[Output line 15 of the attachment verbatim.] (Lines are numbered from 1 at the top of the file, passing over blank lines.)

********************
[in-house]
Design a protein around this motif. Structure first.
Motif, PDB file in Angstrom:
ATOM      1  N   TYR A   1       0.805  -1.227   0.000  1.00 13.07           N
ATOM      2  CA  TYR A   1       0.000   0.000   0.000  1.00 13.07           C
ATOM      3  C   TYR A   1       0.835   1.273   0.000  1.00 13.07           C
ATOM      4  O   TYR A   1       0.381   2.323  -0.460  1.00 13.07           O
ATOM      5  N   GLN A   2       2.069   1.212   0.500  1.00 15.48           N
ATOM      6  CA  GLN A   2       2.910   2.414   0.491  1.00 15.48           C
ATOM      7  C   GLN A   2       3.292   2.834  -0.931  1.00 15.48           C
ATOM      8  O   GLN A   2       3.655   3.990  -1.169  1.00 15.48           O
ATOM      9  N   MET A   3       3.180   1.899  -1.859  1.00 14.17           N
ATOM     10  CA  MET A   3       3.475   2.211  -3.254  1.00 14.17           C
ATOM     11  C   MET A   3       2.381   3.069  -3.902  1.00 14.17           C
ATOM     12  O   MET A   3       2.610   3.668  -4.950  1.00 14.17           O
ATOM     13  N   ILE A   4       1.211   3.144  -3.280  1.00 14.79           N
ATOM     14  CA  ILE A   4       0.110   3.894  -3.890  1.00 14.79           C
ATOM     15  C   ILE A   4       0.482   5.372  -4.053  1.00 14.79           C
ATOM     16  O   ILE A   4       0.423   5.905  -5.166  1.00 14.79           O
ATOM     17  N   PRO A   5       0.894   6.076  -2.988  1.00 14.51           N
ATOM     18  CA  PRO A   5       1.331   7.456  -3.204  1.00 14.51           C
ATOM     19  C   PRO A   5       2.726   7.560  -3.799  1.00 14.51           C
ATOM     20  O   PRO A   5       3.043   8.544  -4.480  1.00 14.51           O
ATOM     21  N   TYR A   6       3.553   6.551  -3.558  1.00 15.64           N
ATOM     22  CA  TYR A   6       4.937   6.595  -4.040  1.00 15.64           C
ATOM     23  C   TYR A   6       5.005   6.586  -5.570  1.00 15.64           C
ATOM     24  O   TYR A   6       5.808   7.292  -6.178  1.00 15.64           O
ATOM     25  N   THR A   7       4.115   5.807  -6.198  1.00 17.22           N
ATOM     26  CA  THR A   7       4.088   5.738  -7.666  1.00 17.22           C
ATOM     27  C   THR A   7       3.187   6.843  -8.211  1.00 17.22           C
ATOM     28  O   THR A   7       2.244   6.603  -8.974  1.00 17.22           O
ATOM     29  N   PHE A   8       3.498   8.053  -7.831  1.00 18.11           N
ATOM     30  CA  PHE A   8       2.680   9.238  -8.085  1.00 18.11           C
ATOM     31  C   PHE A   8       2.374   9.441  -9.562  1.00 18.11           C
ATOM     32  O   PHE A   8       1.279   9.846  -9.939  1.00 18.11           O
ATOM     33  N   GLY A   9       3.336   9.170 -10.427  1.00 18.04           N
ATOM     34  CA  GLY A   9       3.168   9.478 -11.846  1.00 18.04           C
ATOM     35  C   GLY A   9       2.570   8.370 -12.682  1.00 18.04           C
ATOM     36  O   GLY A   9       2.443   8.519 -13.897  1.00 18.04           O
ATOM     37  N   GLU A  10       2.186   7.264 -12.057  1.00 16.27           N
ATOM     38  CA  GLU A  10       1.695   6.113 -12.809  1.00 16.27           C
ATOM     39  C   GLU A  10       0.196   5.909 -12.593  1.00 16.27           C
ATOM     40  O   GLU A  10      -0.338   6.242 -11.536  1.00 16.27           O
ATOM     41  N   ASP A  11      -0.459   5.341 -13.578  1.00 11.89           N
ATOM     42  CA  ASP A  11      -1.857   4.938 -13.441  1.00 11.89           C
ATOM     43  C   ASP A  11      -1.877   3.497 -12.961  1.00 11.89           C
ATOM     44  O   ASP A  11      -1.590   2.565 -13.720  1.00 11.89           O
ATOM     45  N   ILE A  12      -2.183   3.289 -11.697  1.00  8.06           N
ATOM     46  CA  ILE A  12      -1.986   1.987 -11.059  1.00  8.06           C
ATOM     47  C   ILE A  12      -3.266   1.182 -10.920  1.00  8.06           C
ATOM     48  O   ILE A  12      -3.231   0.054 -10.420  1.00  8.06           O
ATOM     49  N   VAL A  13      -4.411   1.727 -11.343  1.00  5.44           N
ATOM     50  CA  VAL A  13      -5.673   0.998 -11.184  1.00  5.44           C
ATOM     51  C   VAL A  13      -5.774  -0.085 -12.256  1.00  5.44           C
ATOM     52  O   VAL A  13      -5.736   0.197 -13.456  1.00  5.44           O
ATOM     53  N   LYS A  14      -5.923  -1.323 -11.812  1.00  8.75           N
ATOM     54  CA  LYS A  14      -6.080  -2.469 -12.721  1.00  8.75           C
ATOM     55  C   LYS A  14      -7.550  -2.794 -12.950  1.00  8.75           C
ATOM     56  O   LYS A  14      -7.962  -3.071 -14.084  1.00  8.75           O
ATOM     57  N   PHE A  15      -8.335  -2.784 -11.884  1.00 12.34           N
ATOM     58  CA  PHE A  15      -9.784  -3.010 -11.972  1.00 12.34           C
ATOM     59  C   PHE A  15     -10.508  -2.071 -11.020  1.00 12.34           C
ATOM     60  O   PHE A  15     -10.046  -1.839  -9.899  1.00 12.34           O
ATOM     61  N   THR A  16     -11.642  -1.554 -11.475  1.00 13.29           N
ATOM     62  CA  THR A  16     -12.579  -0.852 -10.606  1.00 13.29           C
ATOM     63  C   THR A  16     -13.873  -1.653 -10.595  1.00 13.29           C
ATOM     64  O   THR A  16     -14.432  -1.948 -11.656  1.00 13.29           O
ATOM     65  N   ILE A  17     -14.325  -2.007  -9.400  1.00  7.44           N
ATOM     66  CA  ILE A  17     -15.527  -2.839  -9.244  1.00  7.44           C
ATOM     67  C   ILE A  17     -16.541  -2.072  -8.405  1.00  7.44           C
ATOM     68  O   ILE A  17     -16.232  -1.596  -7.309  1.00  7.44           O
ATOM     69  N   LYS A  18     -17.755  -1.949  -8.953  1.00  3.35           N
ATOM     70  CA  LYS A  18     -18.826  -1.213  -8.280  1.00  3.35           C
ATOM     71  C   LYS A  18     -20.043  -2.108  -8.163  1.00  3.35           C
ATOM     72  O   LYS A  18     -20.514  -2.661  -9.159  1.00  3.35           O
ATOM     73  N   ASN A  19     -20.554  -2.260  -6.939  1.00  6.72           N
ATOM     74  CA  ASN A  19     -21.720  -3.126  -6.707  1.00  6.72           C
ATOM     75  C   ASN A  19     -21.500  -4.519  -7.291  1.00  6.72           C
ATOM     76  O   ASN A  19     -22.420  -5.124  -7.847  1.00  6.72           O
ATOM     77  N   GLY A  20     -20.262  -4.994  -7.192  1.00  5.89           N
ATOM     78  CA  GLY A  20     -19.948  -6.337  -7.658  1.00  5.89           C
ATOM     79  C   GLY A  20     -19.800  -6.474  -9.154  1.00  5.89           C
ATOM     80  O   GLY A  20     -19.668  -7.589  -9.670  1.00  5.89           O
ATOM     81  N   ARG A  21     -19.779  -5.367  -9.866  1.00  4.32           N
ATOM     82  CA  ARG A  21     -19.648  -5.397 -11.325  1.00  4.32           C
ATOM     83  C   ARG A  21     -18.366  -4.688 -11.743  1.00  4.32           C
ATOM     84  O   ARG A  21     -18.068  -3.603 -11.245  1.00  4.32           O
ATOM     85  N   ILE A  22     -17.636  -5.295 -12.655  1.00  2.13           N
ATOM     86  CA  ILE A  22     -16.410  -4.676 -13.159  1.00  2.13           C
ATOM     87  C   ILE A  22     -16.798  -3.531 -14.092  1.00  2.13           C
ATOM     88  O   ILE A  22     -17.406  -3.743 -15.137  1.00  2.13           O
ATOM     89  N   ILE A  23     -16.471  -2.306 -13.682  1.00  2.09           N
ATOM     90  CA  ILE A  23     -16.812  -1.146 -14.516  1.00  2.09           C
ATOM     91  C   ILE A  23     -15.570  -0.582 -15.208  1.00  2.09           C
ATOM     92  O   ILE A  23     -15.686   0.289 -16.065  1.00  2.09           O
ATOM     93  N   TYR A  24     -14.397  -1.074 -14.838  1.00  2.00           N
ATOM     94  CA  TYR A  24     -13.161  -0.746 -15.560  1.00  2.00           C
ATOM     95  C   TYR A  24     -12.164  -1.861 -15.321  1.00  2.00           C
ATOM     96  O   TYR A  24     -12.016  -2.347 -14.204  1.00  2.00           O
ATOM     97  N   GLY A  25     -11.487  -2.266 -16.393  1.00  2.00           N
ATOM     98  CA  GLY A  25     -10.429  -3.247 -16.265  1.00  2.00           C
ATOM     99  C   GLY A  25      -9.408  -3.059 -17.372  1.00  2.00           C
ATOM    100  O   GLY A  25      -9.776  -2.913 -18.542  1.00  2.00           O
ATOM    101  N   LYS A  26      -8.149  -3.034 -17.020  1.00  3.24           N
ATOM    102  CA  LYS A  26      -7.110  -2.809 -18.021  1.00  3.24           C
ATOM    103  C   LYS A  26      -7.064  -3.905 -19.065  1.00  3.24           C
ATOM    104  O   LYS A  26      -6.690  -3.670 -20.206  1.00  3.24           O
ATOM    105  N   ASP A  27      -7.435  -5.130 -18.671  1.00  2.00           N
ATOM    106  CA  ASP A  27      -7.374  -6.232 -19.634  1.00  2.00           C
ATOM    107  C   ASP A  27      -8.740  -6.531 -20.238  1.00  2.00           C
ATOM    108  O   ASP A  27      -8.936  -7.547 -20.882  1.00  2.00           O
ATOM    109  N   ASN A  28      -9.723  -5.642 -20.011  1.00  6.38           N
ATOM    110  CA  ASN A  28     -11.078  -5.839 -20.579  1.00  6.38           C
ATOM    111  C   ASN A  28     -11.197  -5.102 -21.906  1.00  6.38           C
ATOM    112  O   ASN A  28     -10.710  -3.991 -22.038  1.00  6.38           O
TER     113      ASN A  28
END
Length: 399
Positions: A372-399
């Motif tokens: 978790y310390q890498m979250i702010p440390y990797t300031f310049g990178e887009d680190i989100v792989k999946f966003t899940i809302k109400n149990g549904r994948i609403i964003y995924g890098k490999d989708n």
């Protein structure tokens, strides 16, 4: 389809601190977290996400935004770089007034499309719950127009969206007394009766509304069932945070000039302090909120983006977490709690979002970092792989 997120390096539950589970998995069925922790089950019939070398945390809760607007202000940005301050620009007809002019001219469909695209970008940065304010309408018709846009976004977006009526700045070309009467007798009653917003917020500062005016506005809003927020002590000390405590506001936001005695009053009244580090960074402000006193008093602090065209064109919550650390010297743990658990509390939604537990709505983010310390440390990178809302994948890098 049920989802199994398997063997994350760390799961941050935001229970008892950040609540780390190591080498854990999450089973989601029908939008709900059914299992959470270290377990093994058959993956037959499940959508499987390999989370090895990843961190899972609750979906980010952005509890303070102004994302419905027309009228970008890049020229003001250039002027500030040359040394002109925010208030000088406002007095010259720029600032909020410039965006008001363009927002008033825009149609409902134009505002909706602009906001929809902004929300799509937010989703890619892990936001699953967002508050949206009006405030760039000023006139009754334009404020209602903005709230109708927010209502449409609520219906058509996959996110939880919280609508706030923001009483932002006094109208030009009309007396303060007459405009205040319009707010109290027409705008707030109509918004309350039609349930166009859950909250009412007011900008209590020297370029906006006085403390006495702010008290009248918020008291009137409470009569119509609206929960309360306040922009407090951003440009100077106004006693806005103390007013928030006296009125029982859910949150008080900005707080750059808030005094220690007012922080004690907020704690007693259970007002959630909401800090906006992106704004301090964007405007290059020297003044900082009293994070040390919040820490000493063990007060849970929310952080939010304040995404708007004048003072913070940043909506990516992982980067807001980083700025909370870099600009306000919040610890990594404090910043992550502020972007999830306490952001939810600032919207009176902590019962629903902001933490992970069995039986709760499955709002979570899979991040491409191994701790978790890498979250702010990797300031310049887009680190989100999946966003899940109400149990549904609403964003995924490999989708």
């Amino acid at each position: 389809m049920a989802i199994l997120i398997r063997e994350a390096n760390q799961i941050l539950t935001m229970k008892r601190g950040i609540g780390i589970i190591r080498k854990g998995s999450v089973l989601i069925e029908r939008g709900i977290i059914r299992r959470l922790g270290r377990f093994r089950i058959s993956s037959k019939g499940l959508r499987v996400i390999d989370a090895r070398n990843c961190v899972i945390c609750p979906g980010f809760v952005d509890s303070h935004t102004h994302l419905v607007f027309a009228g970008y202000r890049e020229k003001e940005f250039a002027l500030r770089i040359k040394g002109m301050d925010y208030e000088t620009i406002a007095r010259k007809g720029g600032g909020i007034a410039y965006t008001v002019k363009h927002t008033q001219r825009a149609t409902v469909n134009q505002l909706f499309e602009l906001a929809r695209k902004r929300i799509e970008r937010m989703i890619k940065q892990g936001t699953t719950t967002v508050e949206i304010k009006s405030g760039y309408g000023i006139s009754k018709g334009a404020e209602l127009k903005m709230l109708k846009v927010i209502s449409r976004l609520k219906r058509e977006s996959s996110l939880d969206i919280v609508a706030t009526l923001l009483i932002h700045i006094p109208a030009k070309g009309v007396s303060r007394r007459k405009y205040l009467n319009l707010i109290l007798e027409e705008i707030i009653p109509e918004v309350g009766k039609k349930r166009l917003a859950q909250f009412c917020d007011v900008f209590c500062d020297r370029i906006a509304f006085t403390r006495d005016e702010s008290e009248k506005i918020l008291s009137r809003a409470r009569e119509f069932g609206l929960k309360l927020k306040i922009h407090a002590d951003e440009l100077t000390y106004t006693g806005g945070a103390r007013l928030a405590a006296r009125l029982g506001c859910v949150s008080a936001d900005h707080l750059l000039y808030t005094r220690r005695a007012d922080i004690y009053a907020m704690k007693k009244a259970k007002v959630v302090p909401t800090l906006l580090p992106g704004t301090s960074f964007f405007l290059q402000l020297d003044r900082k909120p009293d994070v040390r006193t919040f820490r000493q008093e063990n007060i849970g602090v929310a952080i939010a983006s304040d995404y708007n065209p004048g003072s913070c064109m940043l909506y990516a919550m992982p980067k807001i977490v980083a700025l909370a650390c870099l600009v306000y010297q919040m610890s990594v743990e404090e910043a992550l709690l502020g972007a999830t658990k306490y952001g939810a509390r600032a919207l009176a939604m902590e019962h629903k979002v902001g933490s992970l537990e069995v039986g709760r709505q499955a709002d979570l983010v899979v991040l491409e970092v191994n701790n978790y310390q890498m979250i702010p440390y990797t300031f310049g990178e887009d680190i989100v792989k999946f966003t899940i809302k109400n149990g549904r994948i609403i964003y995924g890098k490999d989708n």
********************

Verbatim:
ATOM     12  O   MET A   3       2.610   3.668  -4.950  1.00 14.17           O